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Judge Hands Man Longer Sentence for IS Support, FBI Attack

FILE - A view of court room 422 of the New York Supreme Court, Feb. 3, 2012.

A federal judge on Tuesday increased her sentence to 25 years for a New York City man who had attacked an FBI agent and planned to join Islamic State group. The new sentence came after a federal appeals court had called the original one of 17 years "shockingly low."

Fareed Mumuni, 27, pleaded guilty in 2017 to discussing plans to travel overseas to join the militant group, also known as ISIS, and trying to stab an FBI agent after authorities had arrived at his residence in the New York City borough of Staten Island in 2015 to execute a search warrant.

The United States considers the Islamic State group a foreign terrorist organization.

Federal prosecutors in Brooklyn successfully appealed Mumuni's 2018 sentence, with the 2nd Circuit Court of Appeals arguing that U.S. District Judge Margo Brodie had improperly second-guessed whether Mumuni truly planned to kill FBI Special Agent Kevin Coughlin, who survived the attack.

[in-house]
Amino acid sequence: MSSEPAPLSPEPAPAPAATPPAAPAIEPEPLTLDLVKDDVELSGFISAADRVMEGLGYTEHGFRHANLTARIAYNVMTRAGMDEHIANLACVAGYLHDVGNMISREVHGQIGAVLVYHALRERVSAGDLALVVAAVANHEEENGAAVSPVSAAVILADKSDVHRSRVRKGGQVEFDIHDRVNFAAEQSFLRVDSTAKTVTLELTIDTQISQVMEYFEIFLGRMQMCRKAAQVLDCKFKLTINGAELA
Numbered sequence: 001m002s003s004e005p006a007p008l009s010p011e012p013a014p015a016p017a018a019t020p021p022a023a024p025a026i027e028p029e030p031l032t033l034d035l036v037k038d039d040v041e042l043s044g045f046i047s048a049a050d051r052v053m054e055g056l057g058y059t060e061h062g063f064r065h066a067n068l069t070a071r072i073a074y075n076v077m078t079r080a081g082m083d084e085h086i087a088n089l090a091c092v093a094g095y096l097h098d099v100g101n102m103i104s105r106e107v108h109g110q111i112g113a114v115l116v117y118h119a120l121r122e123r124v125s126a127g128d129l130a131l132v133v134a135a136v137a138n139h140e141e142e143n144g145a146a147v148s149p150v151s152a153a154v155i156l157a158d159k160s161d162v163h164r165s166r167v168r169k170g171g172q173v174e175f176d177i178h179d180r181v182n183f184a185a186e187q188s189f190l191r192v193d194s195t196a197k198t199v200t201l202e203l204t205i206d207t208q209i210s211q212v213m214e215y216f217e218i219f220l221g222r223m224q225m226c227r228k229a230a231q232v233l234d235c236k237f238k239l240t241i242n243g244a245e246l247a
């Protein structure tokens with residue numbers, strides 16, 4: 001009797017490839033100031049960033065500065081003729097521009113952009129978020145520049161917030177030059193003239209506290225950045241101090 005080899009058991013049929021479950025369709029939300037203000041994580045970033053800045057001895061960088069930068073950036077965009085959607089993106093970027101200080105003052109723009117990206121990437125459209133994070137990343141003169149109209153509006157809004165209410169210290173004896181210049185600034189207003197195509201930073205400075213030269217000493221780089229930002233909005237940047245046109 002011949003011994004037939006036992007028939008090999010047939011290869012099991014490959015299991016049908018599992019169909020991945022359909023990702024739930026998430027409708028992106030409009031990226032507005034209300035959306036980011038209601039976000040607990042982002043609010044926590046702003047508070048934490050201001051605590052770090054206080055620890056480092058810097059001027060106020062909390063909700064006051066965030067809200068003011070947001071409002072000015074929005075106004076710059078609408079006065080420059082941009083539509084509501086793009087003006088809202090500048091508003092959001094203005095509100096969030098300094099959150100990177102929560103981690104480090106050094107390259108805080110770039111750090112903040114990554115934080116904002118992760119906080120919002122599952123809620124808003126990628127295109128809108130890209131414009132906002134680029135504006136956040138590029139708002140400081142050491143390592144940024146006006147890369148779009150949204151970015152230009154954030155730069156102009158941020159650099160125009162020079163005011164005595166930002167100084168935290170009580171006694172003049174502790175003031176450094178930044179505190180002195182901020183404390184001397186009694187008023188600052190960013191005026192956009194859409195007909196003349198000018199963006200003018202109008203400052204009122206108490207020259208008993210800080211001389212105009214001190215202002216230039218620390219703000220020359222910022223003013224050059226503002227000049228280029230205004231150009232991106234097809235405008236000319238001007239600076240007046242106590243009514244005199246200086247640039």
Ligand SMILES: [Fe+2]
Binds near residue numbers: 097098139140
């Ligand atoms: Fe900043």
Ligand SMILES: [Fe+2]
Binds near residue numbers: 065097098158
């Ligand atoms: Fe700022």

Prosecutors on Tuesday asked Brodie to sentence Mumuni to the 85 years recommended by federal guidelines. Anthony Ricco, a lawyer for Mumuni, urged Brodie to reduce the sentence, arguing that Mumuni had rehabilitated himself.

"I got lucky," Coughlin said during the sentencing hearing on Tuesday as Mumuni, wearing a white skullcap and black face mask, leaned back in his chair.

Brodie called prosecutors' request for her to sentence Mumuni to 85 years "unreasonable" but said she would place greater weight on his attack on Coughlin and increase the sentence.

Mumuni, whose parents, uncle and two cousins sat in the courtroom's front row, told Coughlin he was sorry.

"I can't apologize enough for what I've done," said Mumuni, the son of immigrants from Ghana. He had once interned as a paralegal at the Staten Island district attorney's office and had been studying to be a social worker and working as a home health aide when he was recruited into Islamic State group.

"Whatever I say cannot take back what I've done."